See also: Trotter

Contents

EnglishEdit

EtymologyEdit

trot +‎ -er

PronunciationEdit

NounEdit

trotter ‎(plural trotters)

  1. A horse trained for harness racingW.
    • 1898, Winston Churchill, chapter 4, in The Celebrity:
      The Celebrity, by arts unknown, induced Mrs. Judge Short and two other ladies to call at Mohair on an afternoon when Mr. Cooke was trying a trotter on the track. The three returned wondering and charmed with Mrs. Cooke; they were sure she had had no hand in the furnishing of that atrocious house.
  2. The foot of a pig or sheep.

TranslationsEdit


FrenchEdit

EtymologyEdit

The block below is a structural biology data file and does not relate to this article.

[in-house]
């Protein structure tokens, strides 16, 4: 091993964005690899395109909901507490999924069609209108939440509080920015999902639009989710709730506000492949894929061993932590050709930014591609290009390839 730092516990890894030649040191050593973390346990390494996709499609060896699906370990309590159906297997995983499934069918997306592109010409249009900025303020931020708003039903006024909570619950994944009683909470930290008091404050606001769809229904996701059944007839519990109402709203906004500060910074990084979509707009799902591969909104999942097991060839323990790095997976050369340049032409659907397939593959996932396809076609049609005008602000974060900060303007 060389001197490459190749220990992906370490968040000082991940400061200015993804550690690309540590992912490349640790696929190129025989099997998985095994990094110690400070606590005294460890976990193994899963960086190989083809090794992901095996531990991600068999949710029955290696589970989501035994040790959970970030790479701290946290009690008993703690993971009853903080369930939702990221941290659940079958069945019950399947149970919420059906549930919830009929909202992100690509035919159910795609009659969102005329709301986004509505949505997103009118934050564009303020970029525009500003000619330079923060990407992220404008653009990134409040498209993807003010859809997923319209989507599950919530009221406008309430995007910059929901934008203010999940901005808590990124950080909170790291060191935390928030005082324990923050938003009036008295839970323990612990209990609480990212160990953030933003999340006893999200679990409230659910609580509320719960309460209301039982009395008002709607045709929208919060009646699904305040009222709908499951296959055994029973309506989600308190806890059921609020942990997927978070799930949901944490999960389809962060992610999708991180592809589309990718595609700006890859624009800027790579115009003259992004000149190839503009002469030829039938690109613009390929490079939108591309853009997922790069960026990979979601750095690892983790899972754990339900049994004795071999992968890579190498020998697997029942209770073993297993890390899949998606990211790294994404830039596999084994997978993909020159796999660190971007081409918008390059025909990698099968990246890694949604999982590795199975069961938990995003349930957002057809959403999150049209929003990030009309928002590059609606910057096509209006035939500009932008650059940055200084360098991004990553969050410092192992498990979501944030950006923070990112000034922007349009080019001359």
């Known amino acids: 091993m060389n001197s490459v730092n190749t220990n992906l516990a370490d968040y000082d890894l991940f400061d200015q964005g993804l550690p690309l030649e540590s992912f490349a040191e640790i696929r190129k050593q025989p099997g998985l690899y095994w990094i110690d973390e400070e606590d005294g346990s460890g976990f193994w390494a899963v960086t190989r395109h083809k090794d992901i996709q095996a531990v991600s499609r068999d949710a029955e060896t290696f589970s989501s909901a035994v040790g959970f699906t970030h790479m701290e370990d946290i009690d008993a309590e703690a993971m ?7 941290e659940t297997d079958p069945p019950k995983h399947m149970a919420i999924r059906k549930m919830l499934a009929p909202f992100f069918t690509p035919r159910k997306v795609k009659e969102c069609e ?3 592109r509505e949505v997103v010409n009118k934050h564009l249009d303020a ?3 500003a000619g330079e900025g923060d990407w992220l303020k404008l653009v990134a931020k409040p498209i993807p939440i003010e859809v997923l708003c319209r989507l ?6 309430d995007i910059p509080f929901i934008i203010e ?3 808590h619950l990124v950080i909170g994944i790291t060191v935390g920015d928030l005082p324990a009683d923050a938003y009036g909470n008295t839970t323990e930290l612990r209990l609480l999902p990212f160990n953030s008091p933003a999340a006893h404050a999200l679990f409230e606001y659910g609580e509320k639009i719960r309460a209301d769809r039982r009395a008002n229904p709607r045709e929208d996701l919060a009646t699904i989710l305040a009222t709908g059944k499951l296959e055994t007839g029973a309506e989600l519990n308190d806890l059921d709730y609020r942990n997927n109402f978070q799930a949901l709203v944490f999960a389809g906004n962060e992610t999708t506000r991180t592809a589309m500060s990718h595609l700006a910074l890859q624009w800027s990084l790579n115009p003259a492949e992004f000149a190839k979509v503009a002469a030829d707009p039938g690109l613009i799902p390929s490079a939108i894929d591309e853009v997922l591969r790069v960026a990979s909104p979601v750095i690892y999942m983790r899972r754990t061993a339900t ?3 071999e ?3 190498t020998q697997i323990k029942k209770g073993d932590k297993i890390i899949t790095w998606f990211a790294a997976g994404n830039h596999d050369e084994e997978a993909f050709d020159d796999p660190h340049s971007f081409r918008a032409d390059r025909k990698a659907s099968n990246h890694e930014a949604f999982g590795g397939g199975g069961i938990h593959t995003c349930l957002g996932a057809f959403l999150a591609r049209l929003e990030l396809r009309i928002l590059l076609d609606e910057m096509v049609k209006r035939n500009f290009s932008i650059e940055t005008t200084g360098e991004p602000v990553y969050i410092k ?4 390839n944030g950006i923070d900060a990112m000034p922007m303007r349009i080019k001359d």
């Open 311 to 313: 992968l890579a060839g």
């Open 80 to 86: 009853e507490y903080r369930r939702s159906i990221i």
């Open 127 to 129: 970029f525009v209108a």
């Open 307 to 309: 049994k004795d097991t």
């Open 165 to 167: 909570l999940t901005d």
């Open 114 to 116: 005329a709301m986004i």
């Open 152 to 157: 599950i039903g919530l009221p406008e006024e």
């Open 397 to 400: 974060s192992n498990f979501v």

From Middle French trotter, from Old French trotter, troter ‎(to go, trot), from Medieval Latin *trottāre, *trotāre ‎(to go), from Frankish *trottōn ‎(to go, run), from Proto-Germanic *trudōną, *trudaną, *tradjaną ‎(to go, step, tread), from Proto-Indo-European *dreu-, *derə-, *drā- ‎(to run, escape). Cognates: see English trot. More at tread.

PronunciationEdit

VerbEdit

trotter

  1. (usually of a horse) to trot

ConjugationEdit

Derived termsEdit

External linksEdit

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